The Two Year Old Thing

My hands were covered in raw chicken when Rebecca asked for ice cream, so Vernon grabbed it for her. Rebecca was not happy. She doesn’t want the ice cream unless we follow the proper procedures. Likewise she’s unwilling to shortcut off the path to get down to the park more quickly. She wants Mommy to sit on Mommy’s couch and Daddy to sit on Daddy’s couch. And she always takes off her jacket when she gets into her playhouse, no matter how chilly it is at 6 AM, because houses are categorically warm. Getting the world to line up with her ideas about it is important to her.

Meanwhile Ted’s started getting up earlier so that he can see more of Rebecca and do his share of the parenting, but when he gets up Beckybean and I are already in a bubble that it’s hard to wiggle into. He offers to do things with Rebecca and for her, and I try to tell her that he can do them, but when they don’t fit with the kid’s worldview, our success is mixed.

I want to fight off Rebecca’s ideas about who should do what, because I’ve had a rough month and it would be nice if she didn’t scream when the wrong person tries to comfort her or get her out of her car seat or put on her pajamas. I want to fight off her ideas about who should do what, because a lot of them represent nascent gender roles that I don’t want to give her. And I want to fight them off because it makes Ted feel like she doesn’t like him.

But I also want to treat her desires respectfully. It’s hard to stick to saying no to her when she’s screaming for me to do something simple that I’ve done a zillion times before, and anyway, I doubt she’ll feel good about her dad helping her with her pajamas if he has to put them on her by force.

The fact is that Rebecca’s been weird lately. She’s wanted to stay at home most of the time, nurse a lot, sing silly songs and hear stories about how we took care of her when she was a baby. We’ve also been reading What Do People Do All Day? and a couple other Richard Scarry books for two to five hours a day, every day of January. She generally has a punishingly long attention span for things she gets interested in. It hasn’t coalesced into much externally, but on the inside her head must be exploding. On days when she doesn’t want huge amounts of physical contact with me, she’s been increasingly independent in her play, so I suspect that she’s also feeling challenged by her own independence and figuring out how she fits into the family.

I want to reassure Rebecca that I’m still there for her when she wants me to be, which means maybe now isn’t the best time to insist on challenging her ideas of how our family should work. I’m tired and sometimes jealous of Ted, but I can live with this situation and I probably won’t regret it. What’s galling is that we’re not turning out to be quite the kind of feminist parents we wanted to be or thought we should be, and I’m starting to hear that I’m over-attached.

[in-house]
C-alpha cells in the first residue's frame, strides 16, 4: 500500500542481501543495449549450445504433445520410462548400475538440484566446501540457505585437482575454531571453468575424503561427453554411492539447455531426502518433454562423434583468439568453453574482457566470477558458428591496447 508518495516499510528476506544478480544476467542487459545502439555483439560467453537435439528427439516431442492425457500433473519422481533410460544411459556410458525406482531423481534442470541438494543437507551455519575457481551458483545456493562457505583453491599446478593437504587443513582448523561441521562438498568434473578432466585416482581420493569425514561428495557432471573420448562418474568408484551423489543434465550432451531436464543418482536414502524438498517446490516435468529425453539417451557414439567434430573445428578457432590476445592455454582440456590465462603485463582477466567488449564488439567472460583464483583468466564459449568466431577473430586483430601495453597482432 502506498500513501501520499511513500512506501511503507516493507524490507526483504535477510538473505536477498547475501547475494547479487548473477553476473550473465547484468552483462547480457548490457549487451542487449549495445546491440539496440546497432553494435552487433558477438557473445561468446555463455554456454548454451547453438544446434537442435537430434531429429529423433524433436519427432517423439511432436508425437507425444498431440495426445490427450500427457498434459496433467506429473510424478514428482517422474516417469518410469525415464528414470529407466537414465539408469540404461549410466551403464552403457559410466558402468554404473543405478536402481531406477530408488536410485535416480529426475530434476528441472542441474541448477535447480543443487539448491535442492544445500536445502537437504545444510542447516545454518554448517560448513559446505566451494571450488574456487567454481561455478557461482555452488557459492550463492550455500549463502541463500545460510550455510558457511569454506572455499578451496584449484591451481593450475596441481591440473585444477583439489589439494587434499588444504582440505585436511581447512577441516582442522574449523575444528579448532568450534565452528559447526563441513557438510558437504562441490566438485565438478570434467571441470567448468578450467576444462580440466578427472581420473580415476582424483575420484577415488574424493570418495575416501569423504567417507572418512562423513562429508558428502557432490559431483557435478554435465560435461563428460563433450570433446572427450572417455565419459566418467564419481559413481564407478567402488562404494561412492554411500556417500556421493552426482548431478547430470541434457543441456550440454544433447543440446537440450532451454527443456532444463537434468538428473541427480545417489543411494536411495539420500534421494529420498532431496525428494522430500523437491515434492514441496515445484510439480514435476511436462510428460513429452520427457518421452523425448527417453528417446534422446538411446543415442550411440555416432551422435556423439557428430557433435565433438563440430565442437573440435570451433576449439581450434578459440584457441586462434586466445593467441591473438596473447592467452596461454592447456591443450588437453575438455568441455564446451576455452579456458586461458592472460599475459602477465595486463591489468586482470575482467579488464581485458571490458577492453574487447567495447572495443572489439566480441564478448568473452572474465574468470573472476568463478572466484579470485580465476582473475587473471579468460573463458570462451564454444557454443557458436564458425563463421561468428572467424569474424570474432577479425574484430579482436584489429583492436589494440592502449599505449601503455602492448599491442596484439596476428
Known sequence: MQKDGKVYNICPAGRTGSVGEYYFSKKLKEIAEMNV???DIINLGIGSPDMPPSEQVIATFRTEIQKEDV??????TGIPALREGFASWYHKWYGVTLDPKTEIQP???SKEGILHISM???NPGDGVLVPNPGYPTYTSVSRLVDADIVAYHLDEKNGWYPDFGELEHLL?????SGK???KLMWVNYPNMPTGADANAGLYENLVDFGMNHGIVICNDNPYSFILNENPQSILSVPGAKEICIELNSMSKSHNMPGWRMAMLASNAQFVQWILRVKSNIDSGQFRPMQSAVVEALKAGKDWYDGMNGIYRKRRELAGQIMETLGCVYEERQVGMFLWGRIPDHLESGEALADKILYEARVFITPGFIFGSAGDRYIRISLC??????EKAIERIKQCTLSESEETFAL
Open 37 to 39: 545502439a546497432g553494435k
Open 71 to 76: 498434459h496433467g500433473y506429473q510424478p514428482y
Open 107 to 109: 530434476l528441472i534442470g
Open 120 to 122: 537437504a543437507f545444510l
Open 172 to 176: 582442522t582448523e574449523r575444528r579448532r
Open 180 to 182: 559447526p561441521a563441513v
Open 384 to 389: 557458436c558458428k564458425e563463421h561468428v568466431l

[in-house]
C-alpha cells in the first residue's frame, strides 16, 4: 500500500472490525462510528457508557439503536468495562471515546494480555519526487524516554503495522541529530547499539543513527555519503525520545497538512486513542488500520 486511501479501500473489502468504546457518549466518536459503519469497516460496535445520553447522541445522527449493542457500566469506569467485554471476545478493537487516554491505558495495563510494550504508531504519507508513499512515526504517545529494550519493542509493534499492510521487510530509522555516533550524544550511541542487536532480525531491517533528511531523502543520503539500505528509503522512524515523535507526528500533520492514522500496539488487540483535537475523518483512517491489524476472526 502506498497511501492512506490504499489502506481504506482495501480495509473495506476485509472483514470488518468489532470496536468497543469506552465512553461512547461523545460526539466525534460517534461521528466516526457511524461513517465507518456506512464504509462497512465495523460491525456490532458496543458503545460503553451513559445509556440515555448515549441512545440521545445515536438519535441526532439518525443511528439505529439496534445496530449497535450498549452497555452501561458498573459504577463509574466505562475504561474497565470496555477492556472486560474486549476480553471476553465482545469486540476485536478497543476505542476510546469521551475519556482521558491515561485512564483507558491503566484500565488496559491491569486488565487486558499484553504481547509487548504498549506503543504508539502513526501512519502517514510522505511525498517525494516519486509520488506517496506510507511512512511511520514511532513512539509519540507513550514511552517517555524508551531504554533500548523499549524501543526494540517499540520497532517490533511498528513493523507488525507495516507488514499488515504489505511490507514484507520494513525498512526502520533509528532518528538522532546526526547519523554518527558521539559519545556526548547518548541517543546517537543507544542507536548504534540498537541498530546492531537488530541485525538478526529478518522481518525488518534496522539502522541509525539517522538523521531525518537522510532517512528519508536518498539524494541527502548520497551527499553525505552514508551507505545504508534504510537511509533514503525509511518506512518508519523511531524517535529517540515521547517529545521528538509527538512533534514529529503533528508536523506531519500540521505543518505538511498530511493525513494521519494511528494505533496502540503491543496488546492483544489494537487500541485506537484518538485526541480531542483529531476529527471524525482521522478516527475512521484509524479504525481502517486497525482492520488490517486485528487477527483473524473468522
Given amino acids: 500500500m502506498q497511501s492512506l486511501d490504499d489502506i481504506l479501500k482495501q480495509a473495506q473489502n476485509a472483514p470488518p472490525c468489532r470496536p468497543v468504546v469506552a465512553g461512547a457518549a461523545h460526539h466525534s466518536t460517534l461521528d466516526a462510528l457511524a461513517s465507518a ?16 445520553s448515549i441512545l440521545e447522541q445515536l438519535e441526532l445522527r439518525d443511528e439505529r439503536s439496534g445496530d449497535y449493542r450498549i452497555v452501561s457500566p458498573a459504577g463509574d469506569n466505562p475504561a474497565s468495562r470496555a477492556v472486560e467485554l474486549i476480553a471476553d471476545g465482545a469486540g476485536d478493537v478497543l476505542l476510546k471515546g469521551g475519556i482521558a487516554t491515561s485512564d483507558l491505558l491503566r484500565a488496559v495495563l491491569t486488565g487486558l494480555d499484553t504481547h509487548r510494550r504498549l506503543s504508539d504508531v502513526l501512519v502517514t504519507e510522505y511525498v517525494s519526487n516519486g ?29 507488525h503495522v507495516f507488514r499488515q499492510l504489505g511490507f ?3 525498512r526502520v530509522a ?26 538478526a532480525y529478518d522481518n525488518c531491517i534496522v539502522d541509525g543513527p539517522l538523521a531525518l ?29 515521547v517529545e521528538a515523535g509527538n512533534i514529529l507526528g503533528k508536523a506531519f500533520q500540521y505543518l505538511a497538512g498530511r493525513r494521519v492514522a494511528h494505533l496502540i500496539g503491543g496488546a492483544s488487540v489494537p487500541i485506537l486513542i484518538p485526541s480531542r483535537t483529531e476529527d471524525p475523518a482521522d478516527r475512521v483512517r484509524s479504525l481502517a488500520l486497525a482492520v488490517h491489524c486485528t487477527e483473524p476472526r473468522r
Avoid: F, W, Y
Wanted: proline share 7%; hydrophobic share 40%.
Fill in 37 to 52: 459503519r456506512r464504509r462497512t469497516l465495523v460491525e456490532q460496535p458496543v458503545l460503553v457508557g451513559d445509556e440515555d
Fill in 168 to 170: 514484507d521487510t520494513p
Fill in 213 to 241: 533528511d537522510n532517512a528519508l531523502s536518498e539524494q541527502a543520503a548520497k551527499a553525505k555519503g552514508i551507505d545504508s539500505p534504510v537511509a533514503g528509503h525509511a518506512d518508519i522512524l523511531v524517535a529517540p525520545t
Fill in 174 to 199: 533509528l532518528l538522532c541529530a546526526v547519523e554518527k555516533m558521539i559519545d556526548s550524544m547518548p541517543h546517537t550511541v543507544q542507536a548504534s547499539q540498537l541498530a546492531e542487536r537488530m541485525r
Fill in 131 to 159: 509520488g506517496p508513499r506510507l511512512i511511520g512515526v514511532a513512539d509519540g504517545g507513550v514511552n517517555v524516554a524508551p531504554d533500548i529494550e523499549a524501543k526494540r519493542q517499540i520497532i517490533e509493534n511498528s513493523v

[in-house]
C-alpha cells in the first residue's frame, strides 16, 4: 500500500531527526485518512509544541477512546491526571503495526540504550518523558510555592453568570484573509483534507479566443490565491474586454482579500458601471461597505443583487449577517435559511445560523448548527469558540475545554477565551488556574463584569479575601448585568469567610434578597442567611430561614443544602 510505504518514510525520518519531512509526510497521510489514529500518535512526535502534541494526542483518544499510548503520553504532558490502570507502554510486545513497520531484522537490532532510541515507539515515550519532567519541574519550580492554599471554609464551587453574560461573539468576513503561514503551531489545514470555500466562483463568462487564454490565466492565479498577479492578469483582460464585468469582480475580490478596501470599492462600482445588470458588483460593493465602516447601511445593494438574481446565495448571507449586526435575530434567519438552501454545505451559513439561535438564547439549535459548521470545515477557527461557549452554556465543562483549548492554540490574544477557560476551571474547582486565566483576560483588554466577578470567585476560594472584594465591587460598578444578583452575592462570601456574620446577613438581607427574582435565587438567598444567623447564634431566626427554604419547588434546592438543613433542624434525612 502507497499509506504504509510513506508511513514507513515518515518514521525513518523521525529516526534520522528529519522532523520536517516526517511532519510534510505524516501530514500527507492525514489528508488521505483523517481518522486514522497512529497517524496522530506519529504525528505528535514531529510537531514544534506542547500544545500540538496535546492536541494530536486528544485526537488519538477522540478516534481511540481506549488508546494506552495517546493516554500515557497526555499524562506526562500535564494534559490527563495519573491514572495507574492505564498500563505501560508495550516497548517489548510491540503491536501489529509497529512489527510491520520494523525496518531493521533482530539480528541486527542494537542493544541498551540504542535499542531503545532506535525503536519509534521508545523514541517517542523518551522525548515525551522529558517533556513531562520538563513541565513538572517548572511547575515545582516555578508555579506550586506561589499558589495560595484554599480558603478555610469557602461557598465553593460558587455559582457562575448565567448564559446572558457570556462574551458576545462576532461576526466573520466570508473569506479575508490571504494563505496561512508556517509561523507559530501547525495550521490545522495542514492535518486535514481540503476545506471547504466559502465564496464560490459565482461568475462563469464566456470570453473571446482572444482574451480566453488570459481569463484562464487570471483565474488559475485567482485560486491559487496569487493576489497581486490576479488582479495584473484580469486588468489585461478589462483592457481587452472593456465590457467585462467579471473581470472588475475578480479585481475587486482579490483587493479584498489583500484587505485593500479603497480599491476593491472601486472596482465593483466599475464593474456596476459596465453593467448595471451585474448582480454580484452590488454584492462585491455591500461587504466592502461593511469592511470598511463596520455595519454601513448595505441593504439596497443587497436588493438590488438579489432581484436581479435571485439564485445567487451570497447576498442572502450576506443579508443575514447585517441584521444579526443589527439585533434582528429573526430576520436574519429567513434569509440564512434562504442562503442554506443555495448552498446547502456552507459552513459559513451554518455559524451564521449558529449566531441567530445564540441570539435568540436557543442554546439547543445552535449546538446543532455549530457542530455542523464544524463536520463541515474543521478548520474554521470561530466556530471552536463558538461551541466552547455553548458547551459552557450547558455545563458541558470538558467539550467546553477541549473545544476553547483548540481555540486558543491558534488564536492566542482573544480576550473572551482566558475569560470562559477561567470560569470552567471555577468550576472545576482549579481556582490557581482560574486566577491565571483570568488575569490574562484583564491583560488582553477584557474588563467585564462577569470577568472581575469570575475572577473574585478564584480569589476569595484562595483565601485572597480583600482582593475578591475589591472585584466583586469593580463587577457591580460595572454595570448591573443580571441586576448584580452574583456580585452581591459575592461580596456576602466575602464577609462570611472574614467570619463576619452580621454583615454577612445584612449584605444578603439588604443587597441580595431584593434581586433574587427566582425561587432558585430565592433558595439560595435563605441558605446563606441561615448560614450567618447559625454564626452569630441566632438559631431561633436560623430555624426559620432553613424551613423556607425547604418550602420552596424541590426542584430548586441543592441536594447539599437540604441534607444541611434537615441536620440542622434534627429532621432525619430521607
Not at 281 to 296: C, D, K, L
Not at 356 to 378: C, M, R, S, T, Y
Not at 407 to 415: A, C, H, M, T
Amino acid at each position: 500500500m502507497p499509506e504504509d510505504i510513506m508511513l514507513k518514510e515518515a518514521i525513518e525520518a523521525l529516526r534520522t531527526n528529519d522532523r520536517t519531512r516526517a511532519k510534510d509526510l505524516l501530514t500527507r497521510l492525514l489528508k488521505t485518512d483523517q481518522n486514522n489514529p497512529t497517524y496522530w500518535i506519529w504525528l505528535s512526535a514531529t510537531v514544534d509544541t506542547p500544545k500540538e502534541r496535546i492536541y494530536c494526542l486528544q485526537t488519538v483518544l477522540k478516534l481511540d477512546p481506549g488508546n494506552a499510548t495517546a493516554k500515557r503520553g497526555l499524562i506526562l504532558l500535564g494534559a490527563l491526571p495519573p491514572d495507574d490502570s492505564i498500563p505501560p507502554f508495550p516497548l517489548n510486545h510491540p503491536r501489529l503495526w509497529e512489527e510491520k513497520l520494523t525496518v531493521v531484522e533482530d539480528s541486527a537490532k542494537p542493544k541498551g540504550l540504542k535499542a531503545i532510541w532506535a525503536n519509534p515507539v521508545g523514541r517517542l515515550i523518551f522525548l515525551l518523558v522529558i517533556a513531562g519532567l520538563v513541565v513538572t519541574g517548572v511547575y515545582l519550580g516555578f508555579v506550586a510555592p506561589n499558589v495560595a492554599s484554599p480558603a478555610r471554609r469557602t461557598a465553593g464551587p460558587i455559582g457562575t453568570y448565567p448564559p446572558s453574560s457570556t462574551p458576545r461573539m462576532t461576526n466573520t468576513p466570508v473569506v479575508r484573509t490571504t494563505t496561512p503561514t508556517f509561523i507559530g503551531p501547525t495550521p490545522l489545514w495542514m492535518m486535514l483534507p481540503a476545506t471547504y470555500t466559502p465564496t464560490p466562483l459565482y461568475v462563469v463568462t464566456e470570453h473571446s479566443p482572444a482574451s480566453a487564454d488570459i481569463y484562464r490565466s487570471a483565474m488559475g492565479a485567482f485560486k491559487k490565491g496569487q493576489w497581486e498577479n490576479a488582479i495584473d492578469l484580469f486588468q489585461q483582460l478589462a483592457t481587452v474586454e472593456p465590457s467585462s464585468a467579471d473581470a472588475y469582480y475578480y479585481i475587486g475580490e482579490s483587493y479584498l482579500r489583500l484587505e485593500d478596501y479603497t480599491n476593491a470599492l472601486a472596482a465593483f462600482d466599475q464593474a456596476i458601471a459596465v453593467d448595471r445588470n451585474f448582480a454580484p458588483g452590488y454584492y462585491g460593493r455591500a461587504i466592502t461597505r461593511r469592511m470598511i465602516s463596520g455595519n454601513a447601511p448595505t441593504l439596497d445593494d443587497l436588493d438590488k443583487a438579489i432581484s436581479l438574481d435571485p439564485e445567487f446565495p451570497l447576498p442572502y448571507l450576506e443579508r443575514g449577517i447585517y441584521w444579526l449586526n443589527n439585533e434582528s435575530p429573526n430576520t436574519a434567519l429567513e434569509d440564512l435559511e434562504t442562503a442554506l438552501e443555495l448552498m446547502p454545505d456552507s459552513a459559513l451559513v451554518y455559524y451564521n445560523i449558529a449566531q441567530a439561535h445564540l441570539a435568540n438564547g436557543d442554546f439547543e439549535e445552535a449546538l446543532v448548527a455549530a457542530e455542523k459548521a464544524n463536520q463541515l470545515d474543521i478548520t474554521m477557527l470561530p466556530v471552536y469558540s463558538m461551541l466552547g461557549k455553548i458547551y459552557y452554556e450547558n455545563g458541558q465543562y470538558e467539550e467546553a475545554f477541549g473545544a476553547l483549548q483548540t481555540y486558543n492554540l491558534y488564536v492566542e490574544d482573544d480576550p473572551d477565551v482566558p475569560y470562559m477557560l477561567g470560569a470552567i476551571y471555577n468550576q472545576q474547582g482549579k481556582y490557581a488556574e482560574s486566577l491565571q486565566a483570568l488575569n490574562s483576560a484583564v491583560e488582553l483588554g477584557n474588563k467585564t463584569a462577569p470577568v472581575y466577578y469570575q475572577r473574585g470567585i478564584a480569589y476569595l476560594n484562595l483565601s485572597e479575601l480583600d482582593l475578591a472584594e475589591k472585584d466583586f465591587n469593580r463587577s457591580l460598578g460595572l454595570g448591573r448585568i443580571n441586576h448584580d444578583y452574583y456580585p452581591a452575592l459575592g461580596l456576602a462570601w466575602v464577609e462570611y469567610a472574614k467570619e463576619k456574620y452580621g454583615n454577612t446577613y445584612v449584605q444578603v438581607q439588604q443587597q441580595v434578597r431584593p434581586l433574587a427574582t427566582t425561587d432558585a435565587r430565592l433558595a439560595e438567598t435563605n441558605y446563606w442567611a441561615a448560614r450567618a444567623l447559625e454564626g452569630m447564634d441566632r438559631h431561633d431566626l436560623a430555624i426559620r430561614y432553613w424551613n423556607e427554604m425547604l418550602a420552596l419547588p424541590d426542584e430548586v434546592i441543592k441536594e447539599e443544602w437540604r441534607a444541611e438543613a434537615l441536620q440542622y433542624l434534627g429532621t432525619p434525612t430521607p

When I decided to be a stay-at-home mom and also do the night parenting, I didn’t realize how much those habits would carry over to other times. I probably should’ve, but I didn’t. I didn’t realize how thoroughly Rebecca would get in the habit of asking me for things and I’d get in the habit of answering without redirecting her to Ted. Sometimes everyone else thinks my conversations with Rebecca look like C3PO talking to R2D2, while I wonder why I’m the only one who’s answering her. And I definitely didn’t realize how much Rebecca would fight to maintain an idealized division of labor. Or just now, how she’d need a mommy recharge midway through my Saturday morning writing time. We ate noodles and read together, and it wasn’t really a problem, but it keeps on surprising me how important those recharges are to her. How do you gently transition a toddler into accepting basic care and comfort from someone else?

Or maybe that’s not the right question, since she used to be happier to have her dad take care of her than she is now. I suspect that it would help Rebecca if we got back into more of a routine. We never had a strict schedule, but the holidays demolished what we had and then we (mostly me) and our friends got sick for most of January, so we haven’t been going on regular playdates, either. Maybe if the rest of her life is super orderly she’ll cling less tightly to family order? I also suspect that Ted could choose a particular task that he’s always in charge of when he’s home, talk to Rebecca about it ahead of time, and then try out the new order when Rebecca’s not too tired.

But what I really want is for our lives to be flexible and our presences interchangeable. Bah.

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